but the four-digit reference is accurate only to the nearest kilometre
in each of these directions.
The expressed precision of the easting and the northing must be the same
to prevent ambiguity.
The grid reference of the old church, expressed to the nearest ten metres
in each direction, would be
in the qE block of the Nord de Guerre Zone.
We can assume that the maximum error in each direction would be plus or minus
The Pythagorean theorem dictates the maximum linear error,
in this case about seven metres.
In the Otterloo materials, the precisions of grid references vary from
four digits to ten digits.
A ten digit precision implies that the position was known to the nearest
metre in each of the easterly and northerly directions.
With the technology available to them at the time, achieving precisions
of ten metres would have been challenging so a precision of one metre
must be considered an exaggeration.
The omission of decimal points has important side effects.
Eastings and northings below 10 kilometres must contain a leading zero;
those below one kilometre must contain a second leading zero; and so on
down to the origin which will be of a string consisting entirely
To convert a grid reference to kilometres east and north of the
origin, the numeric string must be split in the middle and a decimal point
placed after the second digit in each of the easting and northing.
Points located 100 kilometres or more east or north of the origin cannot
be represented but such points would not be in the same block and so will
have grid references measured from different origins.
Finally, the eastings and northings of two points cannot simply be
subtracted to get the X and Y distances without noting the precisions
and inserting the decimal points where needed.
Each grid reference of six digits or more in the Otterloo materials contains
a tool tip that gives the corresponding latitude and longitude, in that order,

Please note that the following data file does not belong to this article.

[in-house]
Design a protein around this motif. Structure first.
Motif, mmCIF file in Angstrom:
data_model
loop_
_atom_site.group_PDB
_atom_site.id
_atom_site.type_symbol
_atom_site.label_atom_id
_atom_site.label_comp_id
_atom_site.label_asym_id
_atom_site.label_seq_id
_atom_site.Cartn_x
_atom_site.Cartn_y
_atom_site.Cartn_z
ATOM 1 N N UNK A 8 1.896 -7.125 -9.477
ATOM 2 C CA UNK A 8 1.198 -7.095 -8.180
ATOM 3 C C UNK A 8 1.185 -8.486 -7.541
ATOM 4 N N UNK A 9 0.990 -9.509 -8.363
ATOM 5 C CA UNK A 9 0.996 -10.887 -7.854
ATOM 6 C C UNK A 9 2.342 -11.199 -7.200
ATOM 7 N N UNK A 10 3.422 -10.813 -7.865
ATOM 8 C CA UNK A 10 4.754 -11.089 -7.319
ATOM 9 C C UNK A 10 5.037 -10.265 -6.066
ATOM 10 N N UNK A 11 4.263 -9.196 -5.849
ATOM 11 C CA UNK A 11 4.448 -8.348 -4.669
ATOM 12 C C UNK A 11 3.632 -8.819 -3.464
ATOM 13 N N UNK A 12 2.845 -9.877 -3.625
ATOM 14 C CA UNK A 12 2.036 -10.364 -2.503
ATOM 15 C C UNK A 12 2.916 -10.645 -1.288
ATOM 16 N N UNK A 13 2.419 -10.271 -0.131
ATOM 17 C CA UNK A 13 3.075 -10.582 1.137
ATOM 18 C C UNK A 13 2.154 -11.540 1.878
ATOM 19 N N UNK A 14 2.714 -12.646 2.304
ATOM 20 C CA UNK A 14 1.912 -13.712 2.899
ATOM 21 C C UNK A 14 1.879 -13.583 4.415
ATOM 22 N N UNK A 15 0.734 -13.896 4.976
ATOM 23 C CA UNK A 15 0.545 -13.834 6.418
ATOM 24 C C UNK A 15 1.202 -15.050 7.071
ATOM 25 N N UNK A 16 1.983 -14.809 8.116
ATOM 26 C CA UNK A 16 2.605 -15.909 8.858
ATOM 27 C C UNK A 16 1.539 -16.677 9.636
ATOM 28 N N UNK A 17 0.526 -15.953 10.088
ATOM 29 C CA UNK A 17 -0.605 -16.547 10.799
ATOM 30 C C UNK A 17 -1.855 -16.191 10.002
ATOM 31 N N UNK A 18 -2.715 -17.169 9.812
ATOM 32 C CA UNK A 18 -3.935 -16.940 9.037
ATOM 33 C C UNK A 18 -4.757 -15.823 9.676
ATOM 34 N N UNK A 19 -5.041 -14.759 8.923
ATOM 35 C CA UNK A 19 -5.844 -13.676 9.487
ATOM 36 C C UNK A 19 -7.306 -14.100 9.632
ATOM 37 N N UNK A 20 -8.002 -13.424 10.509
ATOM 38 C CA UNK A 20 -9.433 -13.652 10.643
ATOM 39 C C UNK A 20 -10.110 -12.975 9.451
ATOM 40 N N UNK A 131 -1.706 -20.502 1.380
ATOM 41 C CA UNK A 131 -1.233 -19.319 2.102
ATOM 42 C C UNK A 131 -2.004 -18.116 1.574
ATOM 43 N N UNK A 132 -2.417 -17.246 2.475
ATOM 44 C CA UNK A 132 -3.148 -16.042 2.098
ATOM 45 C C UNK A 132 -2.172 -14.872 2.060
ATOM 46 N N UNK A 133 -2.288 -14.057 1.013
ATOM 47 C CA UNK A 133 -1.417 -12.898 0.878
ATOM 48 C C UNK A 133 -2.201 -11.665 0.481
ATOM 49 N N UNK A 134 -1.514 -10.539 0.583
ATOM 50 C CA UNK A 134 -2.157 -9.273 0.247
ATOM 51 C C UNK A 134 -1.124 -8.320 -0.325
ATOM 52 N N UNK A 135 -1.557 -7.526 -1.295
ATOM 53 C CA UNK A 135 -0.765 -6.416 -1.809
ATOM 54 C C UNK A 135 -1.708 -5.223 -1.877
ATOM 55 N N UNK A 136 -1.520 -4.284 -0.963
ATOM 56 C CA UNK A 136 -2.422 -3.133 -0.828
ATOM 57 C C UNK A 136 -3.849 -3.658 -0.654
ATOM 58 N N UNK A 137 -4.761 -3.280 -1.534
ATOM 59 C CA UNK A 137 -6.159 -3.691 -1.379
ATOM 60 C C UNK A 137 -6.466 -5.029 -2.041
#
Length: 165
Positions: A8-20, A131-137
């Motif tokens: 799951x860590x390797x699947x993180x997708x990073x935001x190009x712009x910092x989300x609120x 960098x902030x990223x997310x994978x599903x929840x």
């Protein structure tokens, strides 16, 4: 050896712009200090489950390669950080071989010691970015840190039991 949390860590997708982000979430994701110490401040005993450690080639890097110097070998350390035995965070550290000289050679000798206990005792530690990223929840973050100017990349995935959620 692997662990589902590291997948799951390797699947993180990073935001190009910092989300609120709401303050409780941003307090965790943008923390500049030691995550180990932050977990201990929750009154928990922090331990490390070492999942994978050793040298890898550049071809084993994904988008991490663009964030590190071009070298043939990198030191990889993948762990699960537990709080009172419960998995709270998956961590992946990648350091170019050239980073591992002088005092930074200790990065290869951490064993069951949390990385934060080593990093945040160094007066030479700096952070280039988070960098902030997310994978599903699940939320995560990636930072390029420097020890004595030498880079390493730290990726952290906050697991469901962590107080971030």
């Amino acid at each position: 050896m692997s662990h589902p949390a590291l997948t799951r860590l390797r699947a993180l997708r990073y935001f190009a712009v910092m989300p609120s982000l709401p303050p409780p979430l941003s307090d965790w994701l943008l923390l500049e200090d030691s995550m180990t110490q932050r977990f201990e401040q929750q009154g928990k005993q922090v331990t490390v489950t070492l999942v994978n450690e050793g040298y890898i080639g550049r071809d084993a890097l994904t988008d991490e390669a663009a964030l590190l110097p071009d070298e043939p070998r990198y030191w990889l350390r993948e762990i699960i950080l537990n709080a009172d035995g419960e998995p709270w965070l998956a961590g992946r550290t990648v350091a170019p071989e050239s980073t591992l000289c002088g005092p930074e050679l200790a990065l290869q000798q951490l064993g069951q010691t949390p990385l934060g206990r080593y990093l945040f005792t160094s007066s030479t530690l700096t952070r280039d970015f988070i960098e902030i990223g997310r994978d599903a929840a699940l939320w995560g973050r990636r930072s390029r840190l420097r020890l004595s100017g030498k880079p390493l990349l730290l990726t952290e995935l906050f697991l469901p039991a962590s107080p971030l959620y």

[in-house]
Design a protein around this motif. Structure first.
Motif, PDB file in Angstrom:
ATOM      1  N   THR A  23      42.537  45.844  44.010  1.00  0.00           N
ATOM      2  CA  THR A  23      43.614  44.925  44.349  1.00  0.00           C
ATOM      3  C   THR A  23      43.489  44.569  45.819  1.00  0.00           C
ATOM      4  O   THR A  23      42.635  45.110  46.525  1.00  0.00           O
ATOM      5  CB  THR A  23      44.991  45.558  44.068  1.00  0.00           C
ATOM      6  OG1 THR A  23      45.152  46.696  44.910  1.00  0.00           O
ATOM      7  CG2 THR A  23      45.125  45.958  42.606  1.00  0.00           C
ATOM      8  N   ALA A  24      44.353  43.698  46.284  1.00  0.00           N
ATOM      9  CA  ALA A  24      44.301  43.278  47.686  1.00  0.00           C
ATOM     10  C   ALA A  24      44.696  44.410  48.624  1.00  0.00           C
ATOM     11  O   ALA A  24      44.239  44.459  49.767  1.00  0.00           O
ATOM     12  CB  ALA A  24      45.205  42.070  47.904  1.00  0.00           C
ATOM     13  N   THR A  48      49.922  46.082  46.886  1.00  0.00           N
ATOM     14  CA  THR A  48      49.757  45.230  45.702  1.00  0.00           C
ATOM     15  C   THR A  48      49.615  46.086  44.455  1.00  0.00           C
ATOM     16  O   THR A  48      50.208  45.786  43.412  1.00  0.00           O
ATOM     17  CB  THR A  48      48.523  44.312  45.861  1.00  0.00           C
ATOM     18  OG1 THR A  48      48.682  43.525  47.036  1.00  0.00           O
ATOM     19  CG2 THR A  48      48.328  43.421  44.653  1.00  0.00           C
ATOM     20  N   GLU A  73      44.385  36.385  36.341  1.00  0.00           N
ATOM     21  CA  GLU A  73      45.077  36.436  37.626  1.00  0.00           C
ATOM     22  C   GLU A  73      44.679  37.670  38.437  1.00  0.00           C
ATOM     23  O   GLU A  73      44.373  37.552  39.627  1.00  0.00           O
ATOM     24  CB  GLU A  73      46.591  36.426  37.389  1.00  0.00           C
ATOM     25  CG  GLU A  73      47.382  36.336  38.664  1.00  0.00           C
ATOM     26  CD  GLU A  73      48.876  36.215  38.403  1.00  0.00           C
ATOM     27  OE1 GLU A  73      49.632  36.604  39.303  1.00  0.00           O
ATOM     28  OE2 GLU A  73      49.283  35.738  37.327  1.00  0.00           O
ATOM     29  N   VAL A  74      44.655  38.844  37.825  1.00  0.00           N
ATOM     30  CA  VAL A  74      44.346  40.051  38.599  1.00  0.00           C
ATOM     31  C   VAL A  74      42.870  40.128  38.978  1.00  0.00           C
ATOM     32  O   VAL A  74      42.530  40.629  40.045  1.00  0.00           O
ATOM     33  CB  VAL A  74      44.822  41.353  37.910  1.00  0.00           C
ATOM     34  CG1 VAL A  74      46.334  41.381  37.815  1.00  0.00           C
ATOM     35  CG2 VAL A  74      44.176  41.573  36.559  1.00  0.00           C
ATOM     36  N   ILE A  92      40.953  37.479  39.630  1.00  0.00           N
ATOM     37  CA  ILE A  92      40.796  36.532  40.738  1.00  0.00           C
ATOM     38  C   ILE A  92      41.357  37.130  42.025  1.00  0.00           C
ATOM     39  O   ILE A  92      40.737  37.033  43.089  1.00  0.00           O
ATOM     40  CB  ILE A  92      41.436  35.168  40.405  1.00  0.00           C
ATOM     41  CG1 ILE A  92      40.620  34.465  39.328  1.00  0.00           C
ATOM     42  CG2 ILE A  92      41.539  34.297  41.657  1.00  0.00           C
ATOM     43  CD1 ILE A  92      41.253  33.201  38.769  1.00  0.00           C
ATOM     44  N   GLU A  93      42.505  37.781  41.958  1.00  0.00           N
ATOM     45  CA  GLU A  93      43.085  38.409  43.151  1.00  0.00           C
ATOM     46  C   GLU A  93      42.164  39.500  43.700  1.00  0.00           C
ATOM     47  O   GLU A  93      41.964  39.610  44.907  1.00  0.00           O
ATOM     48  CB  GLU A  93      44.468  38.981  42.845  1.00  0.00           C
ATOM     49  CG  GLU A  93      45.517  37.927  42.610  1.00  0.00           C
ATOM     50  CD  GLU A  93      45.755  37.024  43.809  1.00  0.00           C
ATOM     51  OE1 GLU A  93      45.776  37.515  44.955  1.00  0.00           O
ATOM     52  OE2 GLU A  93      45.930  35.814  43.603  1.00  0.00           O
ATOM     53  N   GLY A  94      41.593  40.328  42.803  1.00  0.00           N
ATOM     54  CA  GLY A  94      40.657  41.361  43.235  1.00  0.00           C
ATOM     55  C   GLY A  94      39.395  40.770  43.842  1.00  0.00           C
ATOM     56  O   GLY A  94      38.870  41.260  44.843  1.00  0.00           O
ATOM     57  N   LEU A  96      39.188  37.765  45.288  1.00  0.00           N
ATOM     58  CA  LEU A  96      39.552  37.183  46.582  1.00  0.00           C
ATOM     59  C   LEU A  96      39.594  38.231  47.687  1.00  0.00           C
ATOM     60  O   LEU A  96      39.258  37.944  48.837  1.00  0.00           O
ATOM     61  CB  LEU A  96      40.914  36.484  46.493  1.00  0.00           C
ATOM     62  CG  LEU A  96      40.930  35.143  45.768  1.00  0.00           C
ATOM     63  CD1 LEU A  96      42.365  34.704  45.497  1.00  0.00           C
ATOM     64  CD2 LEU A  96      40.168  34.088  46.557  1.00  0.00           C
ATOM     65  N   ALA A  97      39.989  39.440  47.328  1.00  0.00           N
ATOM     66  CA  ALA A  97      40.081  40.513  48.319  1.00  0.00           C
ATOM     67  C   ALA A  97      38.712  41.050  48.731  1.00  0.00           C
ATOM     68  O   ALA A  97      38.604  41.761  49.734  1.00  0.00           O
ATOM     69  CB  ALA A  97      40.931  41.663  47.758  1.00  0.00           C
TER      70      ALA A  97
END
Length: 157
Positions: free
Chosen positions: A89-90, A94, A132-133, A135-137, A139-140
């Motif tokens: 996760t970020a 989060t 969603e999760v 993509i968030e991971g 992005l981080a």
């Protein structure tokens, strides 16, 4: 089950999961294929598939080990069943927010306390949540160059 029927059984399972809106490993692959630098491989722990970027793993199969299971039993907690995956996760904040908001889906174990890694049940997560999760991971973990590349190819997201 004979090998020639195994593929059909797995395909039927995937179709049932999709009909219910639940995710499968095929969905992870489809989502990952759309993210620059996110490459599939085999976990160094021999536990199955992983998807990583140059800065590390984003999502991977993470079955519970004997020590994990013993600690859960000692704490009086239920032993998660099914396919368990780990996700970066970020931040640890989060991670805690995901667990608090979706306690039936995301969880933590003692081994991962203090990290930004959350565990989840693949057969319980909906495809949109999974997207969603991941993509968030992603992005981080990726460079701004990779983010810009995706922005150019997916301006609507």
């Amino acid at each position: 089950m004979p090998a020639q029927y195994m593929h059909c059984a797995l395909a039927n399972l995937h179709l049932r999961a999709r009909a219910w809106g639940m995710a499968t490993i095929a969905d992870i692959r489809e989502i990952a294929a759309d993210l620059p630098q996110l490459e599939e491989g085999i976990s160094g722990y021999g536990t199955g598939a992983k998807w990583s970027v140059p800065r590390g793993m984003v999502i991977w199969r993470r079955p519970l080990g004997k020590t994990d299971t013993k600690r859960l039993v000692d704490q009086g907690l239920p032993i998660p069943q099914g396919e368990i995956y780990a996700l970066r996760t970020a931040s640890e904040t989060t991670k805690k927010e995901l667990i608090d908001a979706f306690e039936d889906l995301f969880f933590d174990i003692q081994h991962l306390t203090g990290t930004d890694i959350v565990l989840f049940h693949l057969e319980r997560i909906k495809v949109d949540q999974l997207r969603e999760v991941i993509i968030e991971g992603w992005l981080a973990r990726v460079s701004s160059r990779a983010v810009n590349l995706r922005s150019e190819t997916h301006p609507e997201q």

expressed as a whole number of degrees followed by decimal minutes.
With decimal minutes, seconds are not used.
Each latitude begins with a letter indicating the northern or southern hemisphere,
always “N” for northern for the Otterloo materials.
Each longitude begins with a letter indicating the eastern or western hemisphere,
always “E” for eastern for the Otterloo materials.
The presence of the tip creates a light line under the grid reference.
The latitude and longitude will appear in a small box when the cursor is held
stationary over the grid reference for a second or so.
The page sources for pages with grid references contain HTML5 geocoordinate
microdata intended for use by search engines.
These include signed latitudes and longitudes in decimal degrees as required
by HTML5 standards.
The latitudes and longitudes are signed to represent the hemispheres with
northern latitudes being positive and eastern longitudes being positive.
Since Otterloo in in the northern hemisphere and the eastern hemisphere,
all signs are positive and are not included explicitly.
Each geocoordinate microdata set includes an HTML comment giving the co-ordinates
in degrees on one line suitable for pasting into Google Earth.
In most web browsers, right clicking in an empty area of a page and left clicking
on “View page source” in the popup menu will open a page-source